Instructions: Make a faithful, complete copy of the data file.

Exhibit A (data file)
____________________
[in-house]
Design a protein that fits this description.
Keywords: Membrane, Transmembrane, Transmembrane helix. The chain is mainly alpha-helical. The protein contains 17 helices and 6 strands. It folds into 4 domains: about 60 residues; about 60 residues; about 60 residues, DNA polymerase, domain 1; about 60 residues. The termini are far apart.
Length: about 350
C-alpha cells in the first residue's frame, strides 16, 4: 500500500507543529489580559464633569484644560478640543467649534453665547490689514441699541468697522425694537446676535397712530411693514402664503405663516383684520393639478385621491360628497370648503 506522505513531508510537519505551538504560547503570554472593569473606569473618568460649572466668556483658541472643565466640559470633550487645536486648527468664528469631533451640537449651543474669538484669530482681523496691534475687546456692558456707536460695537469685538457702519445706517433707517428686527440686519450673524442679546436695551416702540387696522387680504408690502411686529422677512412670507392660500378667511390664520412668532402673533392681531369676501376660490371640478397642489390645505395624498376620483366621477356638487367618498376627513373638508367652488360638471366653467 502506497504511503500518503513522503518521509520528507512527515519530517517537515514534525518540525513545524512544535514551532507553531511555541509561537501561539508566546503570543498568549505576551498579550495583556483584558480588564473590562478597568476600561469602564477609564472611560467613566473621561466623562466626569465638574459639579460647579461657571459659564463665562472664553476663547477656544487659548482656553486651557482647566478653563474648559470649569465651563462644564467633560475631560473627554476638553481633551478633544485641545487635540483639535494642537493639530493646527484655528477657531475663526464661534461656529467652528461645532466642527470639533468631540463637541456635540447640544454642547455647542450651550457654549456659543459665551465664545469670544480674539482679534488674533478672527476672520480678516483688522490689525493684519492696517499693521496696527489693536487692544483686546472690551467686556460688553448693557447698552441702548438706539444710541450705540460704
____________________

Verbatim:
[in-house]
Design a protein that fits this description.
Keywords: Membrane, Transmembrane, Transmembrane helix. The chain is mainly alpha-helical. The protein contains 17 helices and 6 strands. It folds into 4 domains: about 60 residues; about 60 residues; about 60 residues, DNA polymerase, domain 1; about 60 residues. The termini are far apart.
Length: about 350
C-alpha cells in the first residue's frame, strides 16, 4: 500500500507543529489580559464633569484644560478640543467649534453665547490689514441699541468697522425694537446676535397712530411693514402664503405663516383684520393639478385621491360628497370648503 506522505513531508510537519505551538504560547503570554472593569473606569473618568460649572466668556483658541472643565466640559470633550487645536486648527468664528469631533451640537449651543474669538484669530482681523496691534475687546456692558456707536460695537469685538457702519445706517433707517428686527440686519450673524442679546436695551416702540387696522387680504408690502411686529422677512412670507392660500378667511390664520412668532402673533392681531369676501376660490371640478397642489390645505395624498376620483366621477356638487367618498376627513373638508367652488360638471366653467 502506497504511503500518503513522503518521509520528507512527515519530517517537515514534525518540525513545524512544535514551532507553531511555541509561537501561539508566546503570543498568549505576551498579550495583556483584558480588564473590562478597568476600561469602564477609564472611560467613566473621561466623562466626569465638574459639579460647579461657571459659564463665562472664553476663547477656544487659548482656553486651557482647566478653563474648559470649569465651563462644564467633560475631560473627554476638553481633551478633544485641545487635540483639535494642537493639530493646527484655528477657531475663526464661534461656529467652528461645532466642527470639533468631540463637541456635540447640544454642547455647542450651550457654549456659543459665551465664545469670544480674539482679534488674533478672527476672520480678516483688522490689525493684519492696517499693521496696527489693536487692544483686546472690551467686556460688553448693557447698552441702548438706539444710541450705540460704